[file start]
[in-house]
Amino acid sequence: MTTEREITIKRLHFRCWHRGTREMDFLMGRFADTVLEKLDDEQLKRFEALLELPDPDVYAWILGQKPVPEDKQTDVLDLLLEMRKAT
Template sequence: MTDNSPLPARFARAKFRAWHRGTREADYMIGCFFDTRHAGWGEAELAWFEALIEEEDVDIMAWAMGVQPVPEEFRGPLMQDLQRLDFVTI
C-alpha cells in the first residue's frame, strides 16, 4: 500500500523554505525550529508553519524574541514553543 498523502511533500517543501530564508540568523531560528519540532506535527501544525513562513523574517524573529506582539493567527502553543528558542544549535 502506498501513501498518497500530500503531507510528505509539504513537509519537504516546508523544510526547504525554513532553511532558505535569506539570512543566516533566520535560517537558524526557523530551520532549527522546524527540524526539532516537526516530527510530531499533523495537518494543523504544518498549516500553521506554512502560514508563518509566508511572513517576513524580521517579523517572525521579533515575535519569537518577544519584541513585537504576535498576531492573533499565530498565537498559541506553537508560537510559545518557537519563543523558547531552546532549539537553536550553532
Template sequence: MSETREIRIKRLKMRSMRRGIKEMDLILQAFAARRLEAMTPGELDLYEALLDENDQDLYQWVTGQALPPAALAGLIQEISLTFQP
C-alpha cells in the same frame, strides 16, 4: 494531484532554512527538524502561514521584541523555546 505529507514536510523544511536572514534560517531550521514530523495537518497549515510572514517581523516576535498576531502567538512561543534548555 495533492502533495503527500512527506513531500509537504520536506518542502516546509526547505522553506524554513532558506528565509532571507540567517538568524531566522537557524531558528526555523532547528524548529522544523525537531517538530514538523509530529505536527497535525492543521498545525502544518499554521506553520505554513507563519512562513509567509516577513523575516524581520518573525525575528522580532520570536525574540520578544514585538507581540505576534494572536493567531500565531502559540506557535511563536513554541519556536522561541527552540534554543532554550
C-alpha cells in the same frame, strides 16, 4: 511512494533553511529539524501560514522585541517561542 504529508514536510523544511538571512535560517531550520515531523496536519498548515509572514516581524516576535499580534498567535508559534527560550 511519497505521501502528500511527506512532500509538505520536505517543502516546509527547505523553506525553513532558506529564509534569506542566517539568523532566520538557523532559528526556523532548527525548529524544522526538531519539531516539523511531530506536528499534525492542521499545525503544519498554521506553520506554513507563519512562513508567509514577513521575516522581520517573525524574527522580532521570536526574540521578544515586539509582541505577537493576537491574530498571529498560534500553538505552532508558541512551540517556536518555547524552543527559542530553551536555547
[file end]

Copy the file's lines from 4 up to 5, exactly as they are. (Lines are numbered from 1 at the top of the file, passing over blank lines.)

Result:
C-alpha cells in the first residue's frame, strides 16, 4: 500500500523554505525550529508553519524574541514553543 498523502511533500517543501530564508540568523531560528519540532506535527501544525513562513523574517524573529506582539493567527502553543528558542544549535 502506498501513501498518497500530500503531507510528505509539504513537509519537504516546508523544510526547504525554513532553511532558505535569506539570512543566516533566520535560517537558524526557523530551520532549527522546524527540524526539532516537526516530527510530531499533523495537518494543523504544518498549516500553521506554512502560514508563518509566508511572513517576513524580521517579523517572525521579533515575535519569537518577544519584541513585537504576535498576531492573533499565530498565537498559541506553537508560537510559545518557537519563543523558547531552546532549539537553536550553532
Template sequence: MSETREIRIKRLKMRSMRRGIKEMDLILQAFAARRLEAMTPGELDLYEALLDENDQDLYQWVTGQALPPAALAGLIQEISLTFQP